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Anyone who's monitored the religious right knows that they've operated on the same cycle for the better part of the last 30 years--gain a little power, overreach big time, get smacked down hard.  Well, a front-page (below the fold) story in this morning's NYT suggests that--at long last--we may be seeing the beginning of the end of this vicious cycle.  According to several analysts, it's not just Obama's reelection and four wins for marriage equality.  The demographics are moving against the fundies.

The election results are just one indication of larger trends in American religion that Christian conservatives are still digesting, political analysts say. Americans who have no religious affiliation — pollsters call them the “nones” — are now about one-fifth of the population over all, according to a study released last month by the Pew Forum on Religion and Public Life.

The younger generation is even less religious: about one-third of Americans ages 18 to 22 say they are either atheists, agnostics or nothing in particular. Americans who are secular are far more likely to vote for liberal candidates and for same-sex marriage. Seventy percent of those who said they had no religion voted for Mr. Obama, according to exit polls conducted by Edison Research.

Now here's something that should send a lot of fundie eyebrows into hairlines--according to exit polling, white evangelicals made up three percent more of the electorate than in 2004, when by all accounts they were responsible for giving Bush 43 a second term.  And yet, they still weren't enough to push Romney over the finish line.  Small wonder that Robert P. Jones, CEO of the Public Religion Research Institute, thinks this election may be the last time that running it up among fundies is a viable strategy.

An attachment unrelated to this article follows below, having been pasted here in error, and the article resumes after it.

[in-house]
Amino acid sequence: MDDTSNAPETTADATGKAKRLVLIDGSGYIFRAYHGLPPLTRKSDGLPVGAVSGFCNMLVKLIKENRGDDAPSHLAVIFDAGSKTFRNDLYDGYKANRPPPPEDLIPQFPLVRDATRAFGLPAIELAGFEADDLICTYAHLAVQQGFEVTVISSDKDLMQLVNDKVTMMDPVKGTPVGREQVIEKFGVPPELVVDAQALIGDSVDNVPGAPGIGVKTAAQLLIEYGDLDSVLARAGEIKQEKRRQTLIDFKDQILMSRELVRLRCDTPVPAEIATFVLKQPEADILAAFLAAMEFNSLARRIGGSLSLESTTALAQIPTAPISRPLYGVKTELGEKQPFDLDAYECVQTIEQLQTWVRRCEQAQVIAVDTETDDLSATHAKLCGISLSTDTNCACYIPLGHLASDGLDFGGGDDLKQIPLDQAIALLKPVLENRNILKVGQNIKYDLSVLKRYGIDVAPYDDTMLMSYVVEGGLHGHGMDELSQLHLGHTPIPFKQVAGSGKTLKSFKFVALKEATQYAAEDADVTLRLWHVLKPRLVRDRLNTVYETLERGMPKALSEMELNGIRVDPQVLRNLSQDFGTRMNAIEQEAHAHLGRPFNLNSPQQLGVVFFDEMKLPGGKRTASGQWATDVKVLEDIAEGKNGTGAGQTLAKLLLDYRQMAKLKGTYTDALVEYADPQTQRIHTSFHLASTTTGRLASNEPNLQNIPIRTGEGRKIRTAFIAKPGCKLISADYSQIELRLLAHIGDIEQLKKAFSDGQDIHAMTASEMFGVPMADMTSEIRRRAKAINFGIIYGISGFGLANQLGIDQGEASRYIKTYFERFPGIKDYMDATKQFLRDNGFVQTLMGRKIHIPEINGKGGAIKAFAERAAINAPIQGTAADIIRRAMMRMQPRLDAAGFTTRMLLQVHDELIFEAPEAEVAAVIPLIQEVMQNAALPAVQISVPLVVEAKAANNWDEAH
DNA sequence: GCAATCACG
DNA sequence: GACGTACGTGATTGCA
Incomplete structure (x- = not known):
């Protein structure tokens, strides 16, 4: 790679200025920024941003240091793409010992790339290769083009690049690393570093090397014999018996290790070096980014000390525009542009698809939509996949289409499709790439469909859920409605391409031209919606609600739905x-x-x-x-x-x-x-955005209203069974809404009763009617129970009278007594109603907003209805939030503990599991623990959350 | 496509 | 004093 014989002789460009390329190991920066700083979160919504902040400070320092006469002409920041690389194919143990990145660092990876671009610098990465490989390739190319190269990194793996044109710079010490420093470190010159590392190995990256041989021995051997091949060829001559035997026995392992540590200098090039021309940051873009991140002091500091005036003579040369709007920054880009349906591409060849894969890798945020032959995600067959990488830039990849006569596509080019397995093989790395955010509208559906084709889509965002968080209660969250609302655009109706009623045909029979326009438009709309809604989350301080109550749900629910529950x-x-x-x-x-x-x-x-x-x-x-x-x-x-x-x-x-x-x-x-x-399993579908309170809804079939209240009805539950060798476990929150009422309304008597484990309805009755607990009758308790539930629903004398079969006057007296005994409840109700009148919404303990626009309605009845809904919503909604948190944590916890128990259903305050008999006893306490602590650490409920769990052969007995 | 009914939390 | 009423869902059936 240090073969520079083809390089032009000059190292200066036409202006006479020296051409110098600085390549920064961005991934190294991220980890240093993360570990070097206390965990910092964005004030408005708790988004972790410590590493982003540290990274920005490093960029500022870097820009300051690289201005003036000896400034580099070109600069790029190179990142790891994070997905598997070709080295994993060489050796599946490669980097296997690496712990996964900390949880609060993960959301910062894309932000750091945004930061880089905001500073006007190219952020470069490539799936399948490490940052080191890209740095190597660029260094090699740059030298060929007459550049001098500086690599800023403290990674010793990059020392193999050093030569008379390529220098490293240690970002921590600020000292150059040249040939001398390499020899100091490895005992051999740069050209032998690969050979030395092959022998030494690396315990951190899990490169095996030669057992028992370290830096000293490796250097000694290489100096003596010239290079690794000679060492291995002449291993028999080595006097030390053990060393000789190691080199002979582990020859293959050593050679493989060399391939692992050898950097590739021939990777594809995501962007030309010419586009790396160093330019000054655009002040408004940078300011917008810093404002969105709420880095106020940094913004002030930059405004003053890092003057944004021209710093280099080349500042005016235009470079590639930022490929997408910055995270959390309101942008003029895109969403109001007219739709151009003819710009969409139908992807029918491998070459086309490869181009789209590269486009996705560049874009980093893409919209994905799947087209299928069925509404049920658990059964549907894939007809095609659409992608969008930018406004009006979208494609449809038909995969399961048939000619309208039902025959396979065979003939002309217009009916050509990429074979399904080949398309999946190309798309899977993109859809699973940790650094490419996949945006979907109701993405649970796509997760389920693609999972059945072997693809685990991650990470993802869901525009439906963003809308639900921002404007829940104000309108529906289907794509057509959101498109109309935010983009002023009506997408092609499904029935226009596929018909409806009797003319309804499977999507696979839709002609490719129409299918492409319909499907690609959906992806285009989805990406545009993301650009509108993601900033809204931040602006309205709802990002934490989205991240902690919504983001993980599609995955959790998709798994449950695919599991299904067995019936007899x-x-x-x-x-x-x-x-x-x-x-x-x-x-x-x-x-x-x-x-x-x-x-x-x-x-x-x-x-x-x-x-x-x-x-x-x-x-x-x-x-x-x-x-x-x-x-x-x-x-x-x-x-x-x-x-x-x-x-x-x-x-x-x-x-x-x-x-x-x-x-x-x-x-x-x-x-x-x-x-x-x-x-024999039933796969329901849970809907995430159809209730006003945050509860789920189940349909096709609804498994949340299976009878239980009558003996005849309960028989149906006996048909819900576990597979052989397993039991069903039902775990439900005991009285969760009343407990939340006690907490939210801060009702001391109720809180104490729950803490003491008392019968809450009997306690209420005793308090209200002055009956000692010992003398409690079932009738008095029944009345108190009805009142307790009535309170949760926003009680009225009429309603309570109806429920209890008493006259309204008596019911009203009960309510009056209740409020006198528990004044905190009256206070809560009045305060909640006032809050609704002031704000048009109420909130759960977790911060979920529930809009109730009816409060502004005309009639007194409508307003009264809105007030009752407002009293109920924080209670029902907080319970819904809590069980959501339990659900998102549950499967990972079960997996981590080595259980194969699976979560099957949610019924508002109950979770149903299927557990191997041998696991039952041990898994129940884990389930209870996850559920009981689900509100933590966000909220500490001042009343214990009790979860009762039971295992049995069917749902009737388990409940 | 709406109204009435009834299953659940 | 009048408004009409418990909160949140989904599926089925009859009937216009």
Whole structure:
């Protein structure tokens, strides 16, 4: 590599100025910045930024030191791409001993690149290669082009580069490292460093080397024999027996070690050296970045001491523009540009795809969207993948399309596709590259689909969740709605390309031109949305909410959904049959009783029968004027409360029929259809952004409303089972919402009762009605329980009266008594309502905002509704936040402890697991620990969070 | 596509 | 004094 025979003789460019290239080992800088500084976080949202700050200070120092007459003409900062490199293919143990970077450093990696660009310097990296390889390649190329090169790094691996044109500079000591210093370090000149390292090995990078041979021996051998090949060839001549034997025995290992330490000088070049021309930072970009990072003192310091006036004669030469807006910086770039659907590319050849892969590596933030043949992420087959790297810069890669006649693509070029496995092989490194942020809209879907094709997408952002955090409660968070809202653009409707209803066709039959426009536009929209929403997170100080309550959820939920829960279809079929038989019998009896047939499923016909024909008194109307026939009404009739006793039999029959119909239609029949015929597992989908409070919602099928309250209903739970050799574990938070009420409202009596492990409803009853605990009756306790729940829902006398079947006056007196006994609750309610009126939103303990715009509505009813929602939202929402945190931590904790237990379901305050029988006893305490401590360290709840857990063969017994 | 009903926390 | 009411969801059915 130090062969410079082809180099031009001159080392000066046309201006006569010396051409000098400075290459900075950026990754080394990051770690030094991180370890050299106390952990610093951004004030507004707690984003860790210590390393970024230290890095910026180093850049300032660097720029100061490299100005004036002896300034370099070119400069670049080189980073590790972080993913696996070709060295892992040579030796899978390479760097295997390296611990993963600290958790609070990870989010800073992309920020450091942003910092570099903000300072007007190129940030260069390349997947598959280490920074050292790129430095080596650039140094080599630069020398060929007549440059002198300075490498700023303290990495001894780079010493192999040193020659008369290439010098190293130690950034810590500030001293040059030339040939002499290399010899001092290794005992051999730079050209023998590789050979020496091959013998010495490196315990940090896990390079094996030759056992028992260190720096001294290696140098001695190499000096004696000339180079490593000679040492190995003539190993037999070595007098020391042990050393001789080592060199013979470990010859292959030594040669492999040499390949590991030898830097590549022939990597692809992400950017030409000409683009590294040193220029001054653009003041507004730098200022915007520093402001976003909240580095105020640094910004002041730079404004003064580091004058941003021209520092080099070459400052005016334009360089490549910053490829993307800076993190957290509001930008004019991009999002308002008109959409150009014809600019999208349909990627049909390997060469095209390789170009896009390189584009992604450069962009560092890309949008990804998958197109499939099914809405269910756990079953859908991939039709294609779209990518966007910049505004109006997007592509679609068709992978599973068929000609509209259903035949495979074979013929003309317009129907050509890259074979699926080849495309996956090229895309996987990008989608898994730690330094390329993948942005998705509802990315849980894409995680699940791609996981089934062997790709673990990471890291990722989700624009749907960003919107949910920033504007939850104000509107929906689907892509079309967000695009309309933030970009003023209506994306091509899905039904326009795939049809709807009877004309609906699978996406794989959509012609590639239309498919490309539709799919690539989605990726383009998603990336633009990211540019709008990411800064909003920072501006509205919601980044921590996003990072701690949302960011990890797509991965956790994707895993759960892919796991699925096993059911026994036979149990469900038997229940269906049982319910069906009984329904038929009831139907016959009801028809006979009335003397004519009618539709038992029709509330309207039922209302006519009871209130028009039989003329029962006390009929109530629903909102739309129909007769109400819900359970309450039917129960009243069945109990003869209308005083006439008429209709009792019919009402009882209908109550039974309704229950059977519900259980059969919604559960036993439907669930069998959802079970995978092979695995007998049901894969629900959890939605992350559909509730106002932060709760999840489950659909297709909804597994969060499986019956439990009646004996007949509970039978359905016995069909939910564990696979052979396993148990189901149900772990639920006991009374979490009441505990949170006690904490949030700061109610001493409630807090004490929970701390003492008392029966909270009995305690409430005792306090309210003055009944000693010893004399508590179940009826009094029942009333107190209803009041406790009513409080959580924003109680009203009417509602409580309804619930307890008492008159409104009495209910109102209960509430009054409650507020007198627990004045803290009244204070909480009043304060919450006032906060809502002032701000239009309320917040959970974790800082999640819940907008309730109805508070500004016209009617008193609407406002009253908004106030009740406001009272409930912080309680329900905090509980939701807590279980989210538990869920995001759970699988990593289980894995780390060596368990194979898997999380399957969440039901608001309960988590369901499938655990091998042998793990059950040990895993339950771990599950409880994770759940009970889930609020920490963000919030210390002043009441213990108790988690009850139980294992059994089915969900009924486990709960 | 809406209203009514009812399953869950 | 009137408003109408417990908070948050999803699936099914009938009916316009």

Additionally, the fundies' base is dwindling--slowly, but surely.  The Southern Baptist Convention and the Assemblies of God have been losing members after seeing large spikes since the 1990s.  Moreover, Latinos--a demographic that should be open to religious right appeals on paper--are clearly breaking toward the Democrats.  According to James Guth, a poli sci professor at Furman University, Latino evangelicals voted for Obama in proportions similar to their Catholic brethren.


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There's another trend, though, that this article didn't look into.  A significant number of younger evangelicals aren't as hung up on social issues as older ones, and are increasingly willing to vote for Democrats.  I can vouch for this personally.  I attend a low-key charismatic church here in Charlotte--and by my admittedly unscientific analysis, it's split down the middle between Democrats and Republicans.  And most of the 20somethings and 30somethings voted for Obama.  

To be sure, we can't pronounce the religious right dead yet.  Case in point--the New Apostolic Reformation, the fascist offshoot of the religious right that thinks it can bring about the Second Coming by taking over the world.  It's becoming more and more vocal, and yet most people haven't even heard of it.  But there was one encouraging sign during the primary.  If you'll remember, Rick Perry organized the "Response" prayer rallies with the help of several NAR leaders, including Cindy Jacobs and Rick Joyner.  The more people heard about what the NAR believed, the less they liked it.

10:43 AM PT: Since this made the rec list, I thought I'd point out just how dire this really is for the GOP.  Take the religious right out of the picture, and Georgia and Texas--the only two reasons why the Repubs are still even in the game electorally--suddenly become battleground states.  We also get a fighting chance in some poorer areas of Appalachia that have given Repubs ridiculous margins even though economically they have no business voting Republican.

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